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ATS 6 - 1 The Art of Tech Support John Abbott College InfoSec for Tech Support -- Part 1 M. E. Kabay, PhD, CISSP Director of Education, NCSA President,

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Presentation on theme: "ATS 6 - 1 The Art of Tech Support John Abbott College InfoSec for Tech Support -- Part 1 M. E. Kabay, PhD, CISSP Director of Education, NCSA President,"— Presentation transcript:


2 ATS 6 - 1 The Art of Tech Support John Abbott College InfoSec for Tech Support -- Part 1 M. E. Kabay, PhD, CISSP Director of Education, NCSA President, JINBU Corp Copyright © 1997 JINBU Corp. All rights reserved

3 ATS 6 - 2 Security for Technical Support Personnel l Basic concepts of security l Information Warfare l Hardware security l Software security l Communications security l Problems for People l Operations Security l Solutions

4 ATS 6 - 3 Definitions Classical definitions l Protection of information from unauthorized or accidential modification, destruction and disclosure. l C - I - A: InfoSec protects confidentiality, integrity and availability of data.

5 ATS 6 - 4 Definitions (contd) Donn B. Parkers Hexad l Confidentiality and possession l Integrity and authenticity l Availability and utility

6 ATS 6 - 5 Confidentiality Restricting access to data l Protecting against unauthorized disclosure of existence of data – E.g., allowing industrial spy to deduce nature of clientele by looking at directory names l Protecting against unauthorized disclosure of details of data – E.g., allowing 13-yr old girl to examine HIV+ records in Florida clinic

7 ATS 6 - 6 Possession Control over information l Preventing physical contact with data – E.g., case of thief who recorded ATM PINs by radio (but never looked at them) l Preventing copying or unauthorized use of intellectual property – E.g., violations by software pirates

8 ATS 6 - 7 Integrity Internal consistency, validity, fitness for use l Avoiding physical corruption – E.g., database pointers trashed or data garbled l Avoiding logical corruption – E.g., inconsistencies between order header total sale & sum of costs of details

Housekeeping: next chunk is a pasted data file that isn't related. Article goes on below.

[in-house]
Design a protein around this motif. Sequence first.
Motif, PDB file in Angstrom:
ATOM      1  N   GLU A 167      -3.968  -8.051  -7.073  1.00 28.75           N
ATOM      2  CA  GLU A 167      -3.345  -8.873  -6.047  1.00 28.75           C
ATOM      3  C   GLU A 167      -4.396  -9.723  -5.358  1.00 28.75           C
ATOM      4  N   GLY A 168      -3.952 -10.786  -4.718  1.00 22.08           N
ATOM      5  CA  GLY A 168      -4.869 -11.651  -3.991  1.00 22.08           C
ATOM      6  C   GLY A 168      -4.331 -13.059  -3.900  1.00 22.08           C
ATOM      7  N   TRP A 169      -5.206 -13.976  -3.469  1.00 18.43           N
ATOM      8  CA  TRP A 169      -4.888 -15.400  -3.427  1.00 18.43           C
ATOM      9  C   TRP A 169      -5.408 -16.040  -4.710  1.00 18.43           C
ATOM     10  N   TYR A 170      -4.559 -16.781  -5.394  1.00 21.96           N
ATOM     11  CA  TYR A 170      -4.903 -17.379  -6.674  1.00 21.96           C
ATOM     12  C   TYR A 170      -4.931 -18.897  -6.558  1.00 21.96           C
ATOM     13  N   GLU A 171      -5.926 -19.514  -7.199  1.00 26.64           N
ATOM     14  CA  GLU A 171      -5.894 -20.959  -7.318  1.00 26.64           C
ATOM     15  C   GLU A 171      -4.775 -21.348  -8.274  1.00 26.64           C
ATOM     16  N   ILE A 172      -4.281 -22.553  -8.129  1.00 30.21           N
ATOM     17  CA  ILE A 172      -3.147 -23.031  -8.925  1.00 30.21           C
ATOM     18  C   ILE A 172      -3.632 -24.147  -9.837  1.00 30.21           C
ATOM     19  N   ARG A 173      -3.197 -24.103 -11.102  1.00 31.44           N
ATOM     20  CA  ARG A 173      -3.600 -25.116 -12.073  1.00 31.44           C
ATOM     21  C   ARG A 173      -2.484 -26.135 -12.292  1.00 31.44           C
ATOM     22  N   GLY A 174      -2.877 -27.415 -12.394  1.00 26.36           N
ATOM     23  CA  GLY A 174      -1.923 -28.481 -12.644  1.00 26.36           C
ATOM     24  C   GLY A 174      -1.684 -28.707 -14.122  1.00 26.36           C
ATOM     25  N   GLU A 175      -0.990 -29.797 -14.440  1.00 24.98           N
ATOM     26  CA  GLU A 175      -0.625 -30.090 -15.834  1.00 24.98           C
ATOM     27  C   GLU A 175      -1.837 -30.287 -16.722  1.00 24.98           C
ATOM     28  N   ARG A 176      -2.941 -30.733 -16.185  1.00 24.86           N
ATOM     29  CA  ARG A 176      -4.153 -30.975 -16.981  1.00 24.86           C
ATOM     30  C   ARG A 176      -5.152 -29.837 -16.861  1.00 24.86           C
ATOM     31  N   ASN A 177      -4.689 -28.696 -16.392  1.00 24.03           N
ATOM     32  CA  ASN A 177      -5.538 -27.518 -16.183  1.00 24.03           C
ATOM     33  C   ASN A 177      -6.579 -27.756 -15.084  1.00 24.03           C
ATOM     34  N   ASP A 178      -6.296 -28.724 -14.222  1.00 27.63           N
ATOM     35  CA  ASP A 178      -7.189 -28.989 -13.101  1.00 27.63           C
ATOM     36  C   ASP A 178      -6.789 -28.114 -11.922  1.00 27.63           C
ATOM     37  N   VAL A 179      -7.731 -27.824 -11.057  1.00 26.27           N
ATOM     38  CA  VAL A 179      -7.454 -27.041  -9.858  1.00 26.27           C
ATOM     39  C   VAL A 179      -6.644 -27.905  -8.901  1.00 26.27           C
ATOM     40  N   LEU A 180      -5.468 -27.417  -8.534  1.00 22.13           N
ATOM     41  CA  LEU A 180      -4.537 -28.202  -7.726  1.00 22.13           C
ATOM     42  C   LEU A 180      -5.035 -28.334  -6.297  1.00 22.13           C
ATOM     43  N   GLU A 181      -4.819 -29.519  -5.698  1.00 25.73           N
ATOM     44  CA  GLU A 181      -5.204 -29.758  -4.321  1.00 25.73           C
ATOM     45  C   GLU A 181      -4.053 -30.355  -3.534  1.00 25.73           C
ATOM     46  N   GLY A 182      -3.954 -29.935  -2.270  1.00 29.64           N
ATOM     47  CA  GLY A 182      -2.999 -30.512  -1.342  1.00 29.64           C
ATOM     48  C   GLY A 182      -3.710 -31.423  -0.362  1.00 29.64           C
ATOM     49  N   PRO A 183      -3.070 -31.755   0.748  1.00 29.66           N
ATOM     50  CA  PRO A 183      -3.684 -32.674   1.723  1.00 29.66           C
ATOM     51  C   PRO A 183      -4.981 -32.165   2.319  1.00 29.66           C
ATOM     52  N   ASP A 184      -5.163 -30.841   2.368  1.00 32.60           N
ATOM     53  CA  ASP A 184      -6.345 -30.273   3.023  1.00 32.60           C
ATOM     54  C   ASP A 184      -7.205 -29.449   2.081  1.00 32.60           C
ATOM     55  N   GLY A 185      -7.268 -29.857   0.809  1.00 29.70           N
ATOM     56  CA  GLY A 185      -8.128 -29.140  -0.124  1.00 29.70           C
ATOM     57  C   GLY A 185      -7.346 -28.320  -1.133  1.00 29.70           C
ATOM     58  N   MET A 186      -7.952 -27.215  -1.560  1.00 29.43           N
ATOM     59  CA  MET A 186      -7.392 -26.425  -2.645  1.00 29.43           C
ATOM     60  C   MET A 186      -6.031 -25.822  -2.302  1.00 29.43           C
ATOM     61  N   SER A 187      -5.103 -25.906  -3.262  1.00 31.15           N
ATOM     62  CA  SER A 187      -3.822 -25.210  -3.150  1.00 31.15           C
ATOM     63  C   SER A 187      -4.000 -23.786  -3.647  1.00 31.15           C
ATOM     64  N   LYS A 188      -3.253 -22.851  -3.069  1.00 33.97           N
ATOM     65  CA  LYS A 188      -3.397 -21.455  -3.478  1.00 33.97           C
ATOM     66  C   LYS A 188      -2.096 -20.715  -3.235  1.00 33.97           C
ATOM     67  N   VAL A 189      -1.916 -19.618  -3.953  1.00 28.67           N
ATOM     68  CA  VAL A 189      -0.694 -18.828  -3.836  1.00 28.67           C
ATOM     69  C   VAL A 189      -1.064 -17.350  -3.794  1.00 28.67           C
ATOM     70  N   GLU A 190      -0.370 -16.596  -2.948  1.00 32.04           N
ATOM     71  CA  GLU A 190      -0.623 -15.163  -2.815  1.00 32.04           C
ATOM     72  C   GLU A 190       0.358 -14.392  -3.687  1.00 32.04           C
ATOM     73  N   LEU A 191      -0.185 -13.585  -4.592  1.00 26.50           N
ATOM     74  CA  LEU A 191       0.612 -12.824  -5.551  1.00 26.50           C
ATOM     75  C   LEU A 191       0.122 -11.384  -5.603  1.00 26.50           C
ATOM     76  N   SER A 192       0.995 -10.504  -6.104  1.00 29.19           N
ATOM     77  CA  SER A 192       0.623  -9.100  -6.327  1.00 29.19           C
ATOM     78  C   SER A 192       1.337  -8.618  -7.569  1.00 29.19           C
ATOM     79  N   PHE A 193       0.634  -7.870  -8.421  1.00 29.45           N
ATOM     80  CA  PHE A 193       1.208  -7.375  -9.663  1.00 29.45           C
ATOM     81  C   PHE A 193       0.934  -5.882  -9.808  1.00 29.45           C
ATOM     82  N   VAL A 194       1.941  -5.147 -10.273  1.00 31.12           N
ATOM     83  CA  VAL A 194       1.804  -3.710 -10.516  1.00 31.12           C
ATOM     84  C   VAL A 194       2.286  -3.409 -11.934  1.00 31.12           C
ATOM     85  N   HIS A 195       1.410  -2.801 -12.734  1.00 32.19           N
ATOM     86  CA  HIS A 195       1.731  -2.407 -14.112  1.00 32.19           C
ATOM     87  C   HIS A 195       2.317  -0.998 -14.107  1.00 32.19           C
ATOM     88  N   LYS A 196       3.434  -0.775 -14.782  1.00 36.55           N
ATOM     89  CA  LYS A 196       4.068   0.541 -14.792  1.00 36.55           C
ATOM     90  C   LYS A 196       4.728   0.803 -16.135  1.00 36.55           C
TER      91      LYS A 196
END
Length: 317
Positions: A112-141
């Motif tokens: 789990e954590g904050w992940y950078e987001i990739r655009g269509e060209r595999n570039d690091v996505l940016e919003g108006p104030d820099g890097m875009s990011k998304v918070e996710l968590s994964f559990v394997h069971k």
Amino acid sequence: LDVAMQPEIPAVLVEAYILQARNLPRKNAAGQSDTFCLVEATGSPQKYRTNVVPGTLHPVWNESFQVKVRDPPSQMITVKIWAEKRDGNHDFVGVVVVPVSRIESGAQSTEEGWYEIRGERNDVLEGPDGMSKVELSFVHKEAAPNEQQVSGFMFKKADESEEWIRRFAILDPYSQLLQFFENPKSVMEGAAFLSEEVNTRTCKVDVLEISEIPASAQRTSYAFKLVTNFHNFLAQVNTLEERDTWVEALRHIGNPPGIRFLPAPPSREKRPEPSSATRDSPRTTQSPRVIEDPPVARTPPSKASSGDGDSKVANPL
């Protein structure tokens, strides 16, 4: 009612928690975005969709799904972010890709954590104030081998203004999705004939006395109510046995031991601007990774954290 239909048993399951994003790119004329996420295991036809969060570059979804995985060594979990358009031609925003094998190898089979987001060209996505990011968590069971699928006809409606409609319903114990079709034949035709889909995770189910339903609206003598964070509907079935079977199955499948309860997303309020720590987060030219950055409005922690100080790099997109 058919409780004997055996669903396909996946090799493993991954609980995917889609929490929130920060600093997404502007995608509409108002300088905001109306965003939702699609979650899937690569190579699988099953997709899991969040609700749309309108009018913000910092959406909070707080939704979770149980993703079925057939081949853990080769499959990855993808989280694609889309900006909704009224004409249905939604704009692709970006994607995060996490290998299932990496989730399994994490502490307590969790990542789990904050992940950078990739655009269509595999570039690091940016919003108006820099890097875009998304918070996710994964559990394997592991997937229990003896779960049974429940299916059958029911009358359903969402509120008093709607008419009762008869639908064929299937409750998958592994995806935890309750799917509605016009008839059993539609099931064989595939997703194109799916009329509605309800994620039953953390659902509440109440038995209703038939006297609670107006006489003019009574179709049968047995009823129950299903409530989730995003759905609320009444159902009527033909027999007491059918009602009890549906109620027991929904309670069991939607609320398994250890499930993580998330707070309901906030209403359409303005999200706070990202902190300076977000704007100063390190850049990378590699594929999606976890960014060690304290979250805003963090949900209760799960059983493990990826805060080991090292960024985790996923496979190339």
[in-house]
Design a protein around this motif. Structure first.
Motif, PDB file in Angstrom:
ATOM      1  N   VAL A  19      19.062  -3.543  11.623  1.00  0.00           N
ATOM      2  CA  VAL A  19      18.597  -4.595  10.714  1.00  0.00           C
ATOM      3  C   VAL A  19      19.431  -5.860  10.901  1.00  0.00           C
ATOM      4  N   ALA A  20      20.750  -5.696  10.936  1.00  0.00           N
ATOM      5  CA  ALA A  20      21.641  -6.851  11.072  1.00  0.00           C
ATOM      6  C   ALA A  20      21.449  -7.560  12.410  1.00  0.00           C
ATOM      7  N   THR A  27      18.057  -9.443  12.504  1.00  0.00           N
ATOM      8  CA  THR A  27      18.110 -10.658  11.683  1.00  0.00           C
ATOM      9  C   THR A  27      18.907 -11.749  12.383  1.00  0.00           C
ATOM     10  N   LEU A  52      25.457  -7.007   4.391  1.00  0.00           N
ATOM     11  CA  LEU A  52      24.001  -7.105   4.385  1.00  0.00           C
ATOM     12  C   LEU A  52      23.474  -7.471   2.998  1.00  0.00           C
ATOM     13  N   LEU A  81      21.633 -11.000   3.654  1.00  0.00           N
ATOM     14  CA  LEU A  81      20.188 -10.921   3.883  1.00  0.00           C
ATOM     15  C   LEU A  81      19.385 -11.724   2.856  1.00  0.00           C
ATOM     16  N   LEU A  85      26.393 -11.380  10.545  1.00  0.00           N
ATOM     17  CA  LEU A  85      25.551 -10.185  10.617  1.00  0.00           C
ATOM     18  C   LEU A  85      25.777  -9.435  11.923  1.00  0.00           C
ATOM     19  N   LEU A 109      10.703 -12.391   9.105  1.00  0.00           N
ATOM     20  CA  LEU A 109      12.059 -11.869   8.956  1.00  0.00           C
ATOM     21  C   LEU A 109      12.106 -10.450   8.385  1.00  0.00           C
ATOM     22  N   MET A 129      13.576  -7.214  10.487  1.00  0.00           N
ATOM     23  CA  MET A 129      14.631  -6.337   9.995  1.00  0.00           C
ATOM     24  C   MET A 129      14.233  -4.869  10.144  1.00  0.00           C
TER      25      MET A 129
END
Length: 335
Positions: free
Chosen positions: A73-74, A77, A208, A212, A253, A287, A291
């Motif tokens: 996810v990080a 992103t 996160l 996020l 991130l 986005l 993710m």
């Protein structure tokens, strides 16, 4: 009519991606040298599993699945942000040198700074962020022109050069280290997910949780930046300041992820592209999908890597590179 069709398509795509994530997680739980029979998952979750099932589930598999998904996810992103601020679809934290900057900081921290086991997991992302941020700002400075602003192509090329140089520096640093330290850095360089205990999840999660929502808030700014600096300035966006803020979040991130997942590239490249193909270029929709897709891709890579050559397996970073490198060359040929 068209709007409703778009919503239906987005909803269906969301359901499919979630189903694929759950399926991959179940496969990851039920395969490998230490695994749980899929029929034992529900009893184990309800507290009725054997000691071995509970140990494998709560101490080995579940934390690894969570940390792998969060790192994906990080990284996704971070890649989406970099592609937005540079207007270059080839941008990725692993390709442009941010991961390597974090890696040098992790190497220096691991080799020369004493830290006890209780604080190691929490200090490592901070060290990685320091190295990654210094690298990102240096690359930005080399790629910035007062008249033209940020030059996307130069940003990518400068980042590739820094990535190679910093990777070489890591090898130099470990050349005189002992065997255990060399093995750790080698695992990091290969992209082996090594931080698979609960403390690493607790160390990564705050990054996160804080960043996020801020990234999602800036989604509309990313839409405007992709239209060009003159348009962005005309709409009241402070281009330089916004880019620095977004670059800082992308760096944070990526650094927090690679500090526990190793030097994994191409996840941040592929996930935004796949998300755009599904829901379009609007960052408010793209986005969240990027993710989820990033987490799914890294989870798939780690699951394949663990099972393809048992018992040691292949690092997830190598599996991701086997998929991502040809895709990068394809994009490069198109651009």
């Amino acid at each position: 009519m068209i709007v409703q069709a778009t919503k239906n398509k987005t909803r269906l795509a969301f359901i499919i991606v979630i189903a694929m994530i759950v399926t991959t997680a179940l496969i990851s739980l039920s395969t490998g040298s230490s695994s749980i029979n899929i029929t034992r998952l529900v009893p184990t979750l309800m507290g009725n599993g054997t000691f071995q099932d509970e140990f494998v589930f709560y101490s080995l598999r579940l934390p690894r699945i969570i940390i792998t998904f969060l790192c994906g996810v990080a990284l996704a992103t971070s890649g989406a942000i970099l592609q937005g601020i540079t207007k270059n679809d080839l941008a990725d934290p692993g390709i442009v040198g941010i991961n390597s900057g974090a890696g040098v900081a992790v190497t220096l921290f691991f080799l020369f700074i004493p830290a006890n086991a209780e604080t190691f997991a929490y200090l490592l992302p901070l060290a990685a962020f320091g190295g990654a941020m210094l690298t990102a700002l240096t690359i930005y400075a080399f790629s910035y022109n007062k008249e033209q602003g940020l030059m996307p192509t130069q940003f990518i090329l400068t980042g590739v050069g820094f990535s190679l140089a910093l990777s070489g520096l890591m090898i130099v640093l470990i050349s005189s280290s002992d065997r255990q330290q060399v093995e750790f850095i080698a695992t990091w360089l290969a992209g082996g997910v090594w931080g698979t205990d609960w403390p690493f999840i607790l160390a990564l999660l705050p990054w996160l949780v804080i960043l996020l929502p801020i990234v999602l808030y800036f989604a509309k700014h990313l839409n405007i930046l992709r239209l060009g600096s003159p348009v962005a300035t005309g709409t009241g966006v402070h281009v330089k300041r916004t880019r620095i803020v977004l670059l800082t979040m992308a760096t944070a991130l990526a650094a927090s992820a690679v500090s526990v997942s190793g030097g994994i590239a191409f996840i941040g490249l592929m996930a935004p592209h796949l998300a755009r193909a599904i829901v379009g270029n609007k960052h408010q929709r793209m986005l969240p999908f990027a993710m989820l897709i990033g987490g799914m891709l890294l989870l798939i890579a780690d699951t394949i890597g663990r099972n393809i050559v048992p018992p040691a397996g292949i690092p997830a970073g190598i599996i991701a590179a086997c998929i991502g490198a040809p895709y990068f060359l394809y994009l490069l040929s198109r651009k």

9 ATS 6 - 8 Authenticity Correspondence to intended meaning l Avoiding nonsense – E.g., part number field actually contains cost l Avoiding fraud – E.g., senders name on e-mail is changed to someone elses

10 ATS 6 - 9 Availability Timely access to data l Avoid delays – E.g., prevent system crashes & arrange for recovery plans l Avoid inconvenience – E.g., prevent mislabelling of files

11 ATS 6 - 10 Utility Usefulness for specific purposes l Avoid conversion to less useful form – E.g., replacing dollar amounts by foreign currency equivalent l Prevent impenetrable coding – E.g., employee encrypts source code and forgets decryption key

12 ATS 6 - 11 E&O Fire Water Dishonest Disgruntled Outsider Threats Rough Guesses About Damage to Computer Systems & Data Virus

13 ATS 6 - 12 VIDEO: Locking the Door Commonwealth Films Boston, MA Take detailed notes on the following video and submit a one- page or longer summary covering the six case studies and what lesson you learned from each. Submit your report as part of your homework.

14 ATS 6 - 13 Information Warfare l Tools of Attack l Levels of InfoWar – Interpersonal – Intercorporate – International 13

15 ATS 6 - 14 Tools of Infowar l Penetration – Breaking into computer systems and networks l Disruption – Programmatic Attacks – Physical Interference 14

16 ATS 6 - 15 Penetration Techniques Breaching security perimeters l Social engineering l Eavesdropping l Weak access controls l Brute-force attack l Traffic analysis l Data leakage 15